WTO draft rule vs fishery subsidy worries PH
The Philippines urged members of the World Trade Organization (WTO) to reconsider a provision in a draft agreement that would prevent the body from addressing state subsidies that go to illegal fishing in disputed waters.
WTO members are currently negotiating rules to prohibit subsidies that threaten the sustainability of fishing, such as those that contribute to illegal, unreported and unregulated (IUU) fishing, according to a fact sheet on the WTO website.
Last July 15, top officials of the Department of Trade and Industry (DTI) and the Department of Agriculture joined a virtual meeting of ministers to advance these negotiations.
“The current draft of the agreement contains a carve-out that if a prohibited subsidy occurs in disputed waters, it will not be addressed by a WTO panel. This will provide a loophole for countries involved in maritime disputes to be exempted from the disciplines. Agriculture Secretary [William] Dar urged WTO members to reconsider the current language,” according to a DTI statement.
“Issues of territorial claims or delimitation of maritime boundaries or zones are of the highest concern for the Philippines but nothing must prohibit a duly constituted panel from hearing a case,” Dar was quoted as saying.
Trade Secretary Ramon Lopez said the Philippines and other WTO members “are committed to deliver an outcome in the fisheries subsidy negotiations” ahead of a ministerial conference in December.
Jacqueline Espenilla, a lecturer in the University of the Philippines College of Law whose research focuses on South China Sea disputes, said the “carve-out” in the current text was indeed problematic for the Philippines since it would remove an option “by which we can control or limit Chinese illegal fishing in our EEZ (Exclusive Economic Zone).”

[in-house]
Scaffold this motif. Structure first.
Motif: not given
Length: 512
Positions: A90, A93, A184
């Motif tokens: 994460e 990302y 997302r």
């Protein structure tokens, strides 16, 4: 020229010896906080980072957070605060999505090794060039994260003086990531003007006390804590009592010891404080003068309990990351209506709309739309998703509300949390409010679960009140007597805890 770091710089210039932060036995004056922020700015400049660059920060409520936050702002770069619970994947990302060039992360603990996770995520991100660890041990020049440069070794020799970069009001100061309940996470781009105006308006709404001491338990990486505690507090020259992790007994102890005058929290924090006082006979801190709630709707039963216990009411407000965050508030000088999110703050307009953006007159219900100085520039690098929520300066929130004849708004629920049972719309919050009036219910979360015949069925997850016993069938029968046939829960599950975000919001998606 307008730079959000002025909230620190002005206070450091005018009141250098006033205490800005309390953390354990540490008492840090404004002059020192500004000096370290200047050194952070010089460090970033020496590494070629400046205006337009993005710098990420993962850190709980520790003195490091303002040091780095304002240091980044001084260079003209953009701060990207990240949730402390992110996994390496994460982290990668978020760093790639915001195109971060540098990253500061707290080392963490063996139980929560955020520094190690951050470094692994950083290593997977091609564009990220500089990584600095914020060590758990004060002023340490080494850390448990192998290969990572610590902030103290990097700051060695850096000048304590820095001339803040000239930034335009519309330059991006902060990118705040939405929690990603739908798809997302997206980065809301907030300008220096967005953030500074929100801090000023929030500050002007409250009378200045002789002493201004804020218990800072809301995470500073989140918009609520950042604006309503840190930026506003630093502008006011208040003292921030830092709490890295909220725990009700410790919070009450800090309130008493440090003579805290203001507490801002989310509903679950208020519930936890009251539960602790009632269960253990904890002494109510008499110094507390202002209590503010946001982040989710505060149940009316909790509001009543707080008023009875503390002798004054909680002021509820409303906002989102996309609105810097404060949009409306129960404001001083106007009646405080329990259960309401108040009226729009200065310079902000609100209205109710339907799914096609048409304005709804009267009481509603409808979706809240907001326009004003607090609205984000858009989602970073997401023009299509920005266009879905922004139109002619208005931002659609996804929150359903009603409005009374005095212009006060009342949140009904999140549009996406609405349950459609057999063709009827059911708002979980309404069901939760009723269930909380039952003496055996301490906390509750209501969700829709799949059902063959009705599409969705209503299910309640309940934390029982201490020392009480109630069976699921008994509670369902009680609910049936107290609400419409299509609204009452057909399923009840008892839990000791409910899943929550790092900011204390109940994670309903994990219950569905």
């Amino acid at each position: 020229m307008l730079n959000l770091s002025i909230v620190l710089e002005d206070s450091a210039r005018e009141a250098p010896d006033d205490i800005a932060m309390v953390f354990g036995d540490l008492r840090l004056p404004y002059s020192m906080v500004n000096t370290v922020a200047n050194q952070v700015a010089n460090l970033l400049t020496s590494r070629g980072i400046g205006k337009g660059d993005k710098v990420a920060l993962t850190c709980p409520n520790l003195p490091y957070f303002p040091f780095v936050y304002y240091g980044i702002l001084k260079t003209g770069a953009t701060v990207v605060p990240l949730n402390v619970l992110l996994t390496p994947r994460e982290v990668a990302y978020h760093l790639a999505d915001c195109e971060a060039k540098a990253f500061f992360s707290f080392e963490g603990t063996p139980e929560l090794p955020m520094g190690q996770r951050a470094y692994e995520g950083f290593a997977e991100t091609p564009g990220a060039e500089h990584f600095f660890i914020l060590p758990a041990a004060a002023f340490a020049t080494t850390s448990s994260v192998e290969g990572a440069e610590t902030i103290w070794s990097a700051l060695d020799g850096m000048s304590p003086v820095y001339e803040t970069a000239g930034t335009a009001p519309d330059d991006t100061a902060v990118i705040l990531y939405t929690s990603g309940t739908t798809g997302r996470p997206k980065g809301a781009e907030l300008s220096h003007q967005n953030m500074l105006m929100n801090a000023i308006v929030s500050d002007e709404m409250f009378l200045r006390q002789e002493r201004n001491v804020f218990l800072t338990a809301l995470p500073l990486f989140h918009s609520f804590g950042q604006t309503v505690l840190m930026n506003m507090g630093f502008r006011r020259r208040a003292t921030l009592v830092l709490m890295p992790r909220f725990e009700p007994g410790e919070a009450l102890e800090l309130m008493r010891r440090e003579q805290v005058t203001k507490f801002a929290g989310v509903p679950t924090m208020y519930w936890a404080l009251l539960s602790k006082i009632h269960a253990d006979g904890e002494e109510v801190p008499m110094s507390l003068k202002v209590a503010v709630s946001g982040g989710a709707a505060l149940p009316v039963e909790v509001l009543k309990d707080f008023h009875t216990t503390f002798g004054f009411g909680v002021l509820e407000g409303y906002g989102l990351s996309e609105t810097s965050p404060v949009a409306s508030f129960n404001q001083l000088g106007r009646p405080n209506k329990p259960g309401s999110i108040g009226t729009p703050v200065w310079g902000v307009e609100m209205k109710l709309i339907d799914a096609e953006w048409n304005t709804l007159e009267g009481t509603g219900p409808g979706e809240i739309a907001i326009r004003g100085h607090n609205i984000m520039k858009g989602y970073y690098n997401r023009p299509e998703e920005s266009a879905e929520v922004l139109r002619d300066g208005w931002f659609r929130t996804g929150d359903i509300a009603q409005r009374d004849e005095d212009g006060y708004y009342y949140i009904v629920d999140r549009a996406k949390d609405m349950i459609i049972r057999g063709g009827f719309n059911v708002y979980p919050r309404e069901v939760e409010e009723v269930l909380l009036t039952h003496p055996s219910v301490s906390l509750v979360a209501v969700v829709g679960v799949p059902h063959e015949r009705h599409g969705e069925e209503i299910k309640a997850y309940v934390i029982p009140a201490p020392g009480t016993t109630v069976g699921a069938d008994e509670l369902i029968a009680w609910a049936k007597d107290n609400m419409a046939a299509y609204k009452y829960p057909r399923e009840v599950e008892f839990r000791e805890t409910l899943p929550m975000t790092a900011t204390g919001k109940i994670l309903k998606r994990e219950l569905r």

But even if WTO members remove the “carve-out” text from the agreement, she said a WTO panel would likely still not take on a case involving China and the Philippines since resolving any trade issue could not be done without also deciding who really owned the waters—an issue that WTO does not have jurisdiction over. “So our government officials basically want the ‘carve-out’ to be removed so when such scenarios occur, we can elevate the matter to formal dispute settlement. The panel would then be forced to decide whether there was an act of illegal fishing [and in whose waters they occurred],” she said in an e-mail to the Inquirer.
“The larger question is whether or not there was IUU fishing. In nondisputed waters, that’s a fairly simple question to answer. In our case, answering that—in whose waters the acts were committed—will require the WTO panel to apply laws that are not within its competence,” she said. INQ
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